Whatever the SEC does, the CFP Board fiduciary rule will still move forward, says Barbara Roper, director of investor protection at the Consumer Federation of America, an advocacy group. “It’s a professional standard that advisers will have to follow or risk losing their certification,” says Roper, who sat on the CFP Board’s advisory commission.

For consumers, meanwhile, it’s important to understand why the new fiduciary standard of conduct is important, as well as how to choose a trustworthy adviser.  

How a Fiduciary Adviser Can Help You

A fiduciary adviser is a professional who will always look out for your best interests, rather than make recommendations that would pay him or her the most money.

As noted earlier, many advisers with CFP credentials play two roles—a fiduciary when providing financial planning advice, but a broker when buying or selling investment products. And as a broker, the adviser may steer you to higher-cost investments that pay him more. 

That conflicted advice can be costly. A 2015 report by the White House Council of Economic Advisers found that when financial advisers opt for investments that carry high fees and commissions, the drag on the returns of retirement savers averaged 1 percent per year, or about $17 billion annually. 

Still, all financial advisers have conflicts of interest, Roper notes. Fee-only advisers are typically paid a percentage of assets under management (see below for more on that). That might make your adviser reluctant to recommend strategies that reduce your portfolio, such as paying down your mortgage faster.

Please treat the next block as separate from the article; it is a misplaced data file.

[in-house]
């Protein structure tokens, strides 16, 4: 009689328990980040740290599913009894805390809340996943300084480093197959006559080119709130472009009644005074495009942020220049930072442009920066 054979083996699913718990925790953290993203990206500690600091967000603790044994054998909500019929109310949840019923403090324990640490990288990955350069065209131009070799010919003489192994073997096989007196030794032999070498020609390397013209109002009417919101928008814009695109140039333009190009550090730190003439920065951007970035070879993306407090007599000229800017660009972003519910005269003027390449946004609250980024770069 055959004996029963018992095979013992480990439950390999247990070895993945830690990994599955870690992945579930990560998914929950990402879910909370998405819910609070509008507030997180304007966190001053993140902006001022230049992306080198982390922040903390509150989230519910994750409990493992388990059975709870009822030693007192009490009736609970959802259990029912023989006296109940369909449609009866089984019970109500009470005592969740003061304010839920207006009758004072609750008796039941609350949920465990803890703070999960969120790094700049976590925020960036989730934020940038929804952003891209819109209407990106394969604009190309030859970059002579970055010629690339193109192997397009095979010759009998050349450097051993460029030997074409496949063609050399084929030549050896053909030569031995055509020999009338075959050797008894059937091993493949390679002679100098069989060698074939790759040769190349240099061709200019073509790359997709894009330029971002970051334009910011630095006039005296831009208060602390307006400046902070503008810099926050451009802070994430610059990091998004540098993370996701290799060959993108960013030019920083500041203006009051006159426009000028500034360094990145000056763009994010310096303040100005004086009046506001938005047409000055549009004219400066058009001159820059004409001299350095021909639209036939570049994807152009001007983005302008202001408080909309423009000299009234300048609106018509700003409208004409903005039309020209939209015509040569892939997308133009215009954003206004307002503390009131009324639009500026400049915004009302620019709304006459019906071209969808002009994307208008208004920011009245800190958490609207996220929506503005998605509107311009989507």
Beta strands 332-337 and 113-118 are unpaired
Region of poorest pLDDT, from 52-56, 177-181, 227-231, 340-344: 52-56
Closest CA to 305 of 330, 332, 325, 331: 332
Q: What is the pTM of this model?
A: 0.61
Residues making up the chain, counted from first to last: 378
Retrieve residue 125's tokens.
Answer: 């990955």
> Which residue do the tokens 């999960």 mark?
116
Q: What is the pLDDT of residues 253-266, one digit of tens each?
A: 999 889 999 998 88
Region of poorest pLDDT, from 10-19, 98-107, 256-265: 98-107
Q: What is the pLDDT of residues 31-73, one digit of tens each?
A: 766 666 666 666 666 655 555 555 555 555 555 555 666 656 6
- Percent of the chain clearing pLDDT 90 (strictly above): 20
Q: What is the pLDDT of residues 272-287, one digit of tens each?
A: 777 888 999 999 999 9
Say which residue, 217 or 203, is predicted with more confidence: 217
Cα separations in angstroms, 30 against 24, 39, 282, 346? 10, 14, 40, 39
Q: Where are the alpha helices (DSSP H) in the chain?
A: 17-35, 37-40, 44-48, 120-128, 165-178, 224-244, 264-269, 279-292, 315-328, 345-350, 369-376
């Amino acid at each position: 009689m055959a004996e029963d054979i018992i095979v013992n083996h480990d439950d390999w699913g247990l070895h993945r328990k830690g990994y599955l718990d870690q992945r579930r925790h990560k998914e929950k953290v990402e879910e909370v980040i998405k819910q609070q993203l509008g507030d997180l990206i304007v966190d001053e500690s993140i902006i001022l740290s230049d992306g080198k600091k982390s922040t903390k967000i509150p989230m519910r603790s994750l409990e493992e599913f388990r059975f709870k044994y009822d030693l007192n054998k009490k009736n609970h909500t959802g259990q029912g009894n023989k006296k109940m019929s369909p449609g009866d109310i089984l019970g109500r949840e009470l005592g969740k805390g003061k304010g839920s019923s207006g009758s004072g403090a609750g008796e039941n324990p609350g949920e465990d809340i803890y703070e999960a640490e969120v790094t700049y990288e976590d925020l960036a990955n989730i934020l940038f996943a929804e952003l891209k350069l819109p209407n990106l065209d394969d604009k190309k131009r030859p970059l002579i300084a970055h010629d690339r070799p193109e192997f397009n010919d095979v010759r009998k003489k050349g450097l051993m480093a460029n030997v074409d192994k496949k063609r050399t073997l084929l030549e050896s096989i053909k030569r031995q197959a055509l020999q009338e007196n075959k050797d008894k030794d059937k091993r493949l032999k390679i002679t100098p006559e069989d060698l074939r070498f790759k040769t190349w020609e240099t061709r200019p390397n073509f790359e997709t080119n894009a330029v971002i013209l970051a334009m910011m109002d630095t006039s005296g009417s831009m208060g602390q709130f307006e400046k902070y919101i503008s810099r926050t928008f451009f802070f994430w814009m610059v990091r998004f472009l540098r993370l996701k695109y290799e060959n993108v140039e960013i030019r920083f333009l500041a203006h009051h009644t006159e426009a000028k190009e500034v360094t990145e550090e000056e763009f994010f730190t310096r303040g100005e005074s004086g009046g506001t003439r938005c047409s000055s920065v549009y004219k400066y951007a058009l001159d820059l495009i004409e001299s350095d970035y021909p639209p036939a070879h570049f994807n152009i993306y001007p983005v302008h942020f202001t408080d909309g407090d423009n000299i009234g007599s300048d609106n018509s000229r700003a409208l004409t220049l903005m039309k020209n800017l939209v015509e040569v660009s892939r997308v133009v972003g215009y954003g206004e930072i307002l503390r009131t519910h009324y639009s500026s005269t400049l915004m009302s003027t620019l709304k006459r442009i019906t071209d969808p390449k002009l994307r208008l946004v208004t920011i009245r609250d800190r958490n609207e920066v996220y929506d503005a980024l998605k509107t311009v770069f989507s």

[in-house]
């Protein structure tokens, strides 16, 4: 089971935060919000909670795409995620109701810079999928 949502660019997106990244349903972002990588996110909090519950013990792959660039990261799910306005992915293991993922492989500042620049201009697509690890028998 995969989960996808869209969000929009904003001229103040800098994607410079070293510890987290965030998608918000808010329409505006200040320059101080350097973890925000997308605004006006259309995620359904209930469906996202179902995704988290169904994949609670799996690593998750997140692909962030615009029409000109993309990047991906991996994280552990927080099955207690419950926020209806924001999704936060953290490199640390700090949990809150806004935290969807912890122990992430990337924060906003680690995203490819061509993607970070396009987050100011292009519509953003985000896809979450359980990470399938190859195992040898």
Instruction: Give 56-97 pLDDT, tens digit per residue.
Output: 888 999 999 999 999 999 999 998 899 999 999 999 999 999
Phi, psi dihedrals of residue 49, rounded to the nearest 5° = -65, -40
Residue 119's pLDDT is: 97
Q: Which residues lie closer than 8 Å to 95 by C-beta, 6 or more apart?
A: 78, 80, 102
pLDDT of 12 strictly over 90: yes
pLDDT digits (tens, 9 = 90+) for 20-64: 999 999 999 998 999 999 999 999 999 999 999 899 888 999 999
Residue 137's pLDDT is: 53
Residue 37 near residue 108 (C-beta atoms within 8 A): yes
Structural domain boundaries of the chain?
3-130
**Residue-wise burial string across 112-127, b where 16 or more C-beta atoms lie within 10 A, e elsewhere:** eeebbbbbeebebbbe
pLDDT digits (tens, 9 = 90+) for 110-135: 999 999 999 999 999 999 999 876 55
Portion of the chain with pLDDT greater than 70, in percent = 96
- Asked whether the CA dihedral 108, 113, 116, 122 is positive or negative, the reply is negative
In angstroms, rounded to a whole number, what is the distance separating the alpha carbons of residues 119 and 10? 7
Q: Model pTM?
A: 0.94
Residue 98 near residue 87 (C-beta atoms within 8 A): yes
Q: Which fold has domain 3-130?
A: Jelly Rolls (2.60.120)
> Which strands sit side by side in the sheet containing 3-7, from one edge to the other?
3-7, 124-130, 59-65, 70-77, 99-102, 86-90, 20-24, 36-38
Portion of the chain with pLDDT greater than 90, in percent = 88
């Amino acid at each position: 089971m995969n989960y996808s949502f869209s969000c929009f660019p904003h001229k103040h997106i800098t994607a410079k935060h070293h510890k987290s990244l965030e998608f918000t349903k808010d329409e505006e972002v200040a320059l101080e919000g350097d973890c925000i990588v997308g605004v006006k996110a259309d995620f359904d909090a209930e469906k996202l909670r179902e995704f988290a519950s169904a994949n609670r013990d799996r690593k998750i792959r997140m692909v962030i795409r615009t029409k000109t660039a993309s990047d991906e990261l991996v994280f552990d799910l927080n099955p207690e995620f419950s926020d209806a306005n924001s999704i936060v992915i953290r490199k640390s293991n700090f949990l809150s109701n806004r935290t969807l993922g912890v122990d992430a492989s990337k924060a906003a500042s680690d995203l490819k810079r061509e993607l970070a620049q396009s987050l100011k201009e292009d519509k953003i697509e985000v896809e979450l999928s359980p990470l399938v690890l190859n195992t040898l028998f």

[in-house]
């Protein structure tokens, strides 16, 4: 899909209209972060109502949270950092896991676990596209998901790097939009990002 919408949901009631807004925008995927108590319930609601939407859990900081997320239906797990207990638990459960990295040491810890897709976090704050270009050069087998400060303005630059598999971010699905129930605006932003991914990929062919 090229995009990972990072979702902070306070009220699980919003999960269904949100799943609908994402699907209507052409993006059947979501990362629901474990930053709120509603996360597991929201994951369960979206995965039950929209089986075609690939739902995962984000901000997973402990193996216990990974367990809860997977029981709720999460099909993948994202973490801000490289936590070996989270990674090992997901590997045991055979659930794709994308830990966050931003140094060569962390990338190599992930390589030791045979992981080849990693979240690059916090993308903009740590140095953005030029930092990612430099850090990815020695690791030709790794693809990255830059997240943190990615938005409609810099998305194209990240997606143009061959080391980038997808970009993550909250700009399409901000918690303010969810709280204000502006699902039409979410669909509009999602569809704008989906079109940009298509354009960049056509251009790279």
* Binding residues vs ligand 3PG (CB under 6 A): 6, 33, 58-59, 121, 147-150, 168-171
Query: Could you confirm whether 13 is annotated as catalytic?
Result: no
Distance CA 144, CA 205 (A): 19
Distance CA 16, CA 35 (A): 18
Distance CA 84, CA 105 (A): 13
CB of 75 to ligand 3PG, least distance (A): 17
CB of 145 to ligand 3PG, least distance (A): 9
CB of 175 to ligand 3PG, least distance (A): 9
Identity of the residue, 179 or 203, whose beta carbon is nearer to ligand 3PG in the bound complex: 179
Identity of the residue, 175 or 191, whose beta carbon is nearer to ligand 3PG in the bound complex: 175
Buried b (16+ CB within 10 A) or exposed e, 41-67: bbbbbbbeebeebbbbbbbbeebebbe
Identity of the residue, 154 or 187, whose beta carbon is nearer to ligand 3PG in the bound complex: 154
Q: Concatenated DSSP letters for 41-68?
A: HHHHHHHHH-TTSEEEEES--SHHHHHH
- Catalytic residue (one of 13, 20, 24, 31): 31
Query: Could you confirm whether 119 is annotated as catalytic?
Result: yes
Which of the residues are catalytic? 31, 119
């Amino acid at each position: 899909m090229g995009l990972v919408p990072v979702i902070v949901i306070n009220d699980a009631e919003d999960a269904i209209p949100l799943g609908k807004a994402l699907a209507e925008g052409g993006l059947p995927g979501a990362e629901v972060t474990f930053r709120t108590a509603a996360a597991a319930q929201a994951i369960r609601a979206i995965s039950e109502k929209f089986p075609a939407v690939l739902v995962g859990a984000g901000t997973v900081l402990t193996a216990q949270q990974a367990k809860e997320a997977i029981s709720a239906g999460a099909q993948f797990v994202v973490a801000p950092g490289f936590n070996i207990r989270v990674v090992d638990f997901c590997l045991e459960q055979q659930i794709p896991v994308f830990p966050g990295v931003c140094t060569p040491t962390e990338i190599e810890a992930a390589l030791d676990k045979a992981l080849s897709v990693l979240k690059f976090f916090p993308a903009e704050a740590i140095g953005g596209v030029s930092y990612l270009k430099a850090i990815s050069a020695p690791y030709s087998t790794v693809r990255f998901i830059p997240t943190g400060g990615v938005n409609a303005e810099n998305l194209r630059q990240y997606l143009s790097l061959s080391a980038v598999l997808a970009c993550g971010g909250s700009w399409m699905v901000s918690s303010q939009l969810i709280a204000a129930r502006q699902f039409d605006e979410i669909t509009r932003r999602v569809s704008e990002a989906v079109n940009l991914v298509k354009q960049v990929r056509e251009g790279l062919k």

Under the new rules, you are entitled to clear information about the costs of advice. The adviser must disclose in writing the different ways he or she receives compensation, as well as any conflicts of interest. The adviser must get the client’s informed consent regarding the conflicts—and the adviser is still required to act in the client’s best interest.

How to Choose an Adviser

Until the new standards take effect late next year, many CFPs may continue to act as both brokers and fiduciaries. To make sure your adviser will put your best interests first at all times, ask these three questions before hiring one:

1. Are you a fee-only adviser?

One way to screen for fiduciary advisers is to look for a “fee-only” financial planner. These professionals charge only for their advice, and they don’t earn commissions based on the investments you choose. (Many advisers who do charge commissions call themselves “fee-based,” but it’s not the same thing).

To find fee-only financial advisers, use the search tools on the websites of the National Association of Personal Financial Advisors and the Garrett Planning Network

2. What services do you provide?

Many fee-only planners charge a percentage of the assets based on the size of the portfolio, which is often 1 percent for those with less than $1 million. That can be a hefty amount, but it may be worthwhile if you’re receiving comprehensive services, such as retirement planning, estate planning, and an insurance review.

Some advisers, like many in the Garrett Planning Network, offer advice for an hourly fee or a flat rate for a one-time planning session or a portfolio review.

For smaller accounts, an asset-based advisory fee may be too costly. But if you don’t need much hand-holding, you could opt for a robo-adviser. These digital services provide portfolio allocations using mainly low-cost index funds, and they may charge as little as 0.25 percent.

3. Will you be a fiduciary for all my finances?

Be sure to ask potential financial advisers to sign a statement saying he or she will always act as a fiduciary and look out for your best interests when providing any form of financial advice. “If they aren’t willing to put that in writing, keep looking,” says Roper.